ACCORDING to conventional wisdom, elected officials avoid controversial issues in election years. So far this year, our political leaders in Washington, D.C., have lived up to those expectations. Posturing between U.S. House Republicans, the Democratic Senate and the White House has again revealed how difficult and frustrating the perennial issue of immigration reform can be.
Recent comments by U.S. Rep. Cathy McMorris Rodgers, R-Spokane, and chair of the House Republican Conference, indicate that there may be a window of opportunity for getting immigration-reform legislation to the House floor by August.
Progress on immigration reform this year is critically important to agriculture, and Congress needs to focus on a path forward. Encouraging the House to pass the bipartisan Senate immigration reform bill is a nonstarter. The only way to move the issue forward in the House is for Republicans to pass their own plan.
In January, House Speaker John Boehner released immigration standards that included many key reforms that the Washington Farm Bureau believes must be advanced. Boehner deserves credit for taking this critical step toward consensus, and the state’s congressional delegation should join him in this effort to move this issue forward.
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Immigration reform is key to continued economic growth nationwide and locally. Washington’s food and agriculture industry generates $49 billion in revenue annually. To produce and harvest the crops that drive that economic output, farmers must have an adequate, reliable workforce.
Unfortunately, American workers are typically not interested in this line of work. Farm jobs are seasonal and require physical labor in a variety of weather conditions. According to a study by the Partnership for a New American Economy, American workers do not apply for farm jobs even during periods of high unemployment.
This often leaves farmers no choice but to rely on foreign workers. Sadly, our immigration system has made it nearly impossible for farmers to use the existing H-2A visa program to hire seasonal workers. The system is bureaucratic, complex, costly and hugely inefficient.
An effective visa program would remedy labor shortages without displacing American workers, and it would actually increase the number of jobs available to Americans as agricultural output ripples through our economy. According to the Agriculture Workforce Coalition, for every farm job filled, three additional jobs are created downstream in fields such as manufacturing, transportation, retail and sales.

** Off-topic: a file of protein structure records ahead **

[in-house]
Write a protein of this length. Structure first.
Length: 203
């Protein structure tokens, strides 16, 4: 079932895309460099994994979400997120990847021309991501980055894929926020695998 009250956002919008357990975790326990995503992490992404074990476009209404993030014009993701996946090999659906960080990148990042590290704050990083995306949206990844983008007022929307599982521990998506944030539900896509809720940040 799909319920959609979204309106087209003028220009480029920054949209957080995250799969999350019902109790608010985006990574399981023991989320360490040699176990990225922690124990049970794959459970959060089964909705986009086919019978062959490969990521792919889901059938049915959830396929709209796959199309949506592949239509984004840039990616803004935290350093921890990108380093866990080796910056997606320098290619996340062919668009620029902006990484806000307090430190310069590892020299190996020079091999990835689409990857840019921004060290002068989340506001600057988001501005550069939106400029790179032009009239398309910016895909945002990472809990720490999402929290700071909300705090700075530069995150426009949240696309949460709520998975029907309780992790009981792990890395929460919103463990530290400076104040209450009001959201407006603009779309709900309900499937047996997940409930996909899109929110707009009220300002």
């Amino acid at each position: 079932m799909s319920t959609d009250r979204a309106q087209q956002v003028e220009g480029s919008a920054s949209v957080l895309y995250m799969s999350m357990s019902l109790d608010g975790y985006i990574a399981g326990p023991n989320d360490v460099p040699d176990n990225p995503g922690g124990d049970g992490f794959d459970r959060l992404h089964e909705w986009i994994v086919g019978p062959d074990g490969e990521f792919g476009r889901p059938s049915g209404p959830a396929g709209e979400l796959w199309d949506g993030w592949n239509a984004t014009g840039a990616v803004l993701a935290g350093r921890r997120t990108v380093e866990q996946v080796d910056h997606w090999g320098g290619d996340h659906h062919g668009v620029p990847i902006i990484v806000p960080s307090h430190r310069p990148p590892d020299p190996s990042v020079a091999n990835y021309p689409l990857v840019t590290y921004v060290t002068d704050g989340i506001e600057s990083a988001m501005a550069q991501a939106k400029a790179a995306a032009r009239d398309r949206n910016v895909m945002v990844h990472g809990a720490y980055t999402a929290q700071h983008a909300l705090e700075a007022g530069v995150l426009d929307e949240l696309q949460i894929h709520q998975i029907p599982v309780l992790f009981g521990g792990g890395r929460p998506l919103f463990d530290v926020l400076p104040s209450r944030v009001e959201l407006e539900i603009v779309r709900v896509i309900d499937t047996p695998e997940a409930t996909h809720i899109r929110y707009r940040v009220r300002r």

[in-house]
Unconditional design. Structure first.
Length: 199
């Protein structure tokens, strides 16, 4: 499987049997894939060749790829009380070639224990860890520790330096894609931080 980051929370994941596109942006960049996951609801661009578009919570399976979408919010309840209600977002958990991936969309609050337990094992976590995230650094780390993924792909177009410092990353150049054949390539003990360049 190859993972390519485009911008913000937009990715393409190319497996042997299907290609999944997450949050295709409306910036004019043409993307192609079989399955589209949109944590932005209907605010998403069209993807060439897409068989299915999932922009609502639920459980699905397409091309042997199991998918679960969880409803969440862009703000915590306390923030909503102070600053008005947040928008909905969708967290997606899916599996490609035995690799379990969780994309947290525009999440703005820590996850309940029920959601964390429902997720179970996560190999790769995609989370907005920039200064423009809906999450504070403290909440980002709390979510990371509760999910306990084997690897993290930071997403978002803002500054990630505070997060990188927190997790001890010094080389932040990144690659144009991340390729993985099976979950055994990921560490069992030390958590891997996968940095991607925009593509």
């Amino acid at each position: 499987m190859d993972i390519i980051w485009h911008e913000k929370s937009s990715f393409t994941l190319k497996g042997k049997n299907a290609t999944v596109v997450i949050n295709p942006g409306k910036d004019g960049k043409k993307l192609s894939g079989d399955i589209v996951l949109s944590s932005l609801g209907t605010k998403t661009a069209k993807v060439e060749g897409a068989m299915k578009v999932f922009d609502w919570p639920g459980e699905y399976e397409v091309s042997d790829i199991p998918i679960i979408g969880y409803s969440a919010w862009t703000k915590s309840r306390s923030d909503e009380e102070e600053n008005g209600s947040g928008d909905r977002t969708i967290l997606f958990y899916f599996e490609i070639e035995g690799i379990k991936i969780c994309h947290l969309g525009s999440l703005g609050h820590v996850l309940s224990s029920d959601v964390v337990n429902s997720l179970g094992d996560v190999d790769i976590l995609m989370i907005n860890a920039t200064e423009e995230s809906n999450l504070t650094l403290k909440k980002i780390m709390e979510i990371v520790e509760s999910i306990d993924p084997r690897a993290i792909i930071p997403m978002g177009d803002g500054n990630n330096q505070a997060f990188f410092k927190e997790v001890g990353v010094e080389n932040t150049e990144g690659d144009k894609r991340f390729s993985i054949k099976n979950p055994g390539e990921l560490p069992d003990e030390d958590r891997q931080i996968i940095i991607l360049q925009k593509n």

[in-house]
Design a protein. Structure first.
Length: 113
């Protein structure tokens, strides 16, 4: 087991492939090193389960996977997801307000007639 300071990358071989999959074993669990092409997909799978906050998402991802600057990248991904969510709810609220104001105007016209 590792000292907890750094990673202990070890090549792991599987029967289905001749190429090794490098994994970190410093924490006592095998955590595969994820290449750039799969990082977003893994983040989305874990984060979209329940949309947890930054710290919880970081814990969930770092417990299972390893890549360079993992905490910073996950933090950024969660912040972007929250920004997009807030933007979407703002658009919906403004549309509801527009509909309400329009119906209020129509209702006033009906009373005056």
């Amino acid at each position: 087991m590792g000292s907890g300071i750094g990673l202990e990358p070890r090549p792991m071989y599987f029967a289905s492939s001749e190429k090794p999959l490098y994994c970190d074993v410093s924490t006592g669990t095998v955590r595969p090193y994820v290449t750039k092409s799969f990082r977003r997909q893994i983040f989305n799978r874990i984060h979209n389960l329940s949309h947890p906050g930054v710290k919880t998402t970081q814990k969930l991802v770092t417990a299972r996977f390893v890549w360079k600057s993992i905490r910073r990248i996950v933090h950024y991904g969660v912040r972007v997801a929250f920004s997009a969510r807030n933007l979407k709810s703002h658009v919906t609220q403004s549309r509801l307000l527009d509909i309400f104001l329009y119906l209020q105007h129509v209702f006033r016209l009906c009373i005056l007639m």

It is time for Congress to make the agricultural visa program more efficient and market-based. U.S. Rep. Bob Goodlatte, R-Va., chairman of the House Judiciary Committee, has introduced H.R. 1773, the Agricultural Guestworker Act.
The bill proposes significant improvements to the current agricultural visa program. For example, it grants guest workers the opportunity to work for more than one farmer during their visa terms. Some details, such as a more flexible cap on the number of agricultural visas issued, still need to be finalized through the legislative process.
We appreciate Rep. Goodlatte’s efforts, and we will work with him and other House members to address agriculture’s needs for a future flow of workers.
Lastly, meaningful immigration reform is good for national security. Our borders would be strengthened by simplifying the visa process for law-abiding people to come to America to work and then return home.
We view the release of Speaker Boehner’s immigration standards and U.S. Rep. McMorris Rodgers’ comments as positive developments. Those principles lay the groundwork for fruitful discussions among House members.
It is time for Washington’s members of Congress to work with the speaker to turn those standards into legislation and pass it this year.
Mike LaPlant is president of the Washington Farm Bureau, the state’s largest general farm organization representing farmers and ranchers.